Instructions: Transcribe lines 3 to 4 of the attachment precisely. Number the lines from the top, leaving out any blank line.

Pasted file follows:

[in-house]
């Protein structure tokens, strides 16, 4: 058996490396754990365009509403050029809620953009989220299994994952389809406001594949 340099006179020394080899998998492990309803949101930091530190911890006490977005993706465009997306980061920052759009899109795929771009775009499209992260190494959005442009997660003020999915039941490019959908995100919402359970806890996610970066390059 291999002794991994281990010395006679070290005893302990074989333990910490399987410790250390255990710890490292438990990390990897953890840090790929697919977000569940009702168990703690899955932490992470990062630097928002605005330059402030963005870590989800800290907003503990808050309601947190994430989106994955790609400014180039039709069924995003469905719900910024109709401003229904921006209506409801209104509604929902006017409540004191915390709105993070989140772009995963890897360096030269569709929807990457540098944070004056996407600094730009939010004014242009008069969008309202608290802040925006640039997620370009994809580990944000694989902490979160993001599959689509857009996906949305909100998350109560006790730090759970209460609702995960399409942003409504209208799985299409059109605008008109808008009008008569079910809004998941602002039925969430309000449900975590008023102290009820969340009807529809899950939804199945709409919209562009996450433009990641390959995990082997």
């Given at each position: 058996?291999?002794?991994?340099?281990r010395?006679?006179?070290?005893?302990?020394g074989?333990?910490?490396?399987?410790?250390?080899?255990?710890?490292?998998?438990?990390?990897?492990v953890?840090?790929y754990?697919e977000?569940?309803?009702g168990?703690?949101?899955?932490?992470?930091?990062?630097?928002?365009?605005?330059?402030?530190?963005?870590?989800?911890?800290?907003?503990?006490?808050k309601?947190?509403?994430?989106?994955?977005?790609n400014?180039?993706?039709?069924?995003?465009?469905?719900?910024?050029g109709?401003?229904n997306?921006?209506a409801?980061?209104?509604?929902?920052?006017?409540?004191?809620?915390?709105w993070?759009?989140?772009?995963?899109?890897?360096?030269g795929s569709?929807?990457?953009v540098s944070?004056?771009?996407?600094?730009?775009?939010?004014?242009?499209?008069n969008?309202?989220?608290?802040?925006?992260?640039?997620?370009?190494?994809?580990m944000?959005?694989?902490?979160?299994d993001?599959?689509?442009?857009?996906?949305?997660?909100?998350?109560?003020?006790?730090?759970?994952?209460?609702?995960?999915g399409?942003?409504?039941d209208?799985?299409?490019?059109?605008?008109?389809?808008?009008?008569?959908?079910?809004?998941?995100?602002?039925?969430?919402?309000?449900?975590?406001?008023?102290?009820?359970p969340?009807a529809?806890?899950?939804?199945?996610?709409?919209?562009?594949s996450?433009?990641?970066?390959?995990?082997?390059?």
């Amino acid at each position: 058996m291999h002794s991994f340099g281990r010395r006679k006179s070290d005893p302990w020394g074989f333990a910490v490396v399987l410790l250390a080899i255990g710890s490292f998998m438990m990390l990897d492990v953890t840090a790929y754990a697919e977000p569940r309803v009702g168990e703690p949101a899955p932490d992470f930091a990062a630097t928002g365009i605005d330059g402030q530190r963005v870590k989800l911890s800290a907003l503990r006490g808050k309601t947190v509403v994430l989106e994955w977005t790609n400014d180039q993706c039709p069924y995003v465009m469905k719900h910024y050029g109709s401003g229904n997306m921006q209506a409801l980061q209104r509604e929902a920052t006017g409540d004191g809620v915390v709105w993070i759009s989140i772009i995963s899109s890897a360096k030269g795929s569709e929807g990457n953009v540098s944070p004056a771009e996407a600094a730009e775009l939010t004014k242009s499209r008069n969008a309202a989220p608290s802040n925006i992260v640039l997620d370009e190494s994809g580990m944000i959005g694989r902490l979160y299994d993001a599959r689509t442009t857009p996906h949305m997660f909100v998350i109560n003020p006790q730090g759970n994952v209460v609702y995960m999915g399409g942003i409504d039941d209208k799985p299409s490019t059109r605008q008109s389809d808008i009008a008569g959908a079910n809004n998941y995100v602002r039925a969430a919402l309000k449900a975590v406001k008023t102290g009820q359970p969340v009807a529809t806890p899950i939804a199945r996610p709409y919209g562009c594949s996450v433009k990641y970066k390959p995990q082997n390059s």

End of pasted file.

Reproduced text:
């Given at each position: 058996?291999?002794?991994?340099?281990r010395?006679?006179?070290?005893?302990?020394g074989?333990?910490?490396?399987?410790?250390?080899?255990?710890?490292?998998?438990?990390?990897?492990v953890?840090?790929y754990?697919e977000?569940?309803?009702g168990?703690?949101?899955?932490?992470?930091?990062?630097?928002?365009?605005?330059?402030?530190?963005?870590?989800?911890?800290?907003?503990?006490?808050k309601?947190?509403?994430?989106?994955?977005?790609n400014?180039?993706?039709?069924?995003?465009?469905?719900?910024?050029g109709?401003?229904n997306?921006?209506a409801?980061?209104?509604?929902?920052?006017?409540?004191?809620?915390?709105w993070?759009?989140?772009?995963?899109?890897?360096?030269g795929s569709?929807?990457?953009v540098s944070?004056?771009?996407?600094?730009?775009?939010?004014?242009?499209?008069n969008?309202?989220?608290?802040?925006?992260?640039?997620?370009?190494?994809?580990m944000?959005?694989?902490?979160?299994d993001?599959?689509?442009?857009?996906?949305?997660?909100?998350?109560?003020?006790?730090?759970?994952?209460?609702?995960?999915g399409?942003?409504?039941d209208?799985?299409?490019?059109?605008?008109?389809?808008?009008?008569?959908?079910?809004?998941?995100?602002?039925?969430?919402?309000?449900?975590?406001?008023?102290?009820?359970p969340?009807a529809?806890?899950?939804?199945?996610?709409?919209?562009?594949s996450?433009?990641?970066?390959?995990?082997?390059?």
């Amino acid at each position: 058996m291999h002794s991994f340099g281990r010395r006679k006179s070290d005893p302990w020394g074989f333990a910490v490396v399987l410790l250390a080899i255990g710890s490292f998998m438990m990390l990897d492990v953890t840090a790929y754990a697919e977000p569940r309803v009702g168990e703690p949101a899955p932490d992470f930091a990062a630097t928002g365009i605005d330059g402030q530190r963005v870590k989800l911890s800290a907003l503990r006490g808050k309601t947190v509403v994430l989106e994955w977005t790609n400014d180039q993706c039709p069924y995003v465009m469905k719900h910024y050029g109709s401003g229904n997306m921006q209506a409801l980061q209104r509604e929902a920052t006017g409540d004191g809620v915390v709105w993070i759009s989140i772009i995963s899109s890897a360096k030269g795929s569709e929807g990457n953009v540098s944070p004056a771009e996407a600094a730009e775009l939010t004014k242009s499209r008069n969008a309202a989220p608290s802040n925006i992260v640039l997620d370009e190494s994809g580990m944000i959005g694989r902490l979160y299994d993001a599959r689509t442009t857009p996906h949305m997660f909100v998350i109560n003020p006790q730090g759970n994952v209460v609702y995960m999915g399409g942003i409504d039941d209208k799985p299409s490019t059109r605008q008109s389809d808008i009008a008569g959908a079910n809004n998941y995100v602002r039925a969430a919402l309000k449900a975590v406001k008023t102290g009820q359970p969340v009807a529809t806890p899950i939804a199945r996610p709409y919209g562009c594949s996450v433009k990641y970066k390959p995990q082997n390059s």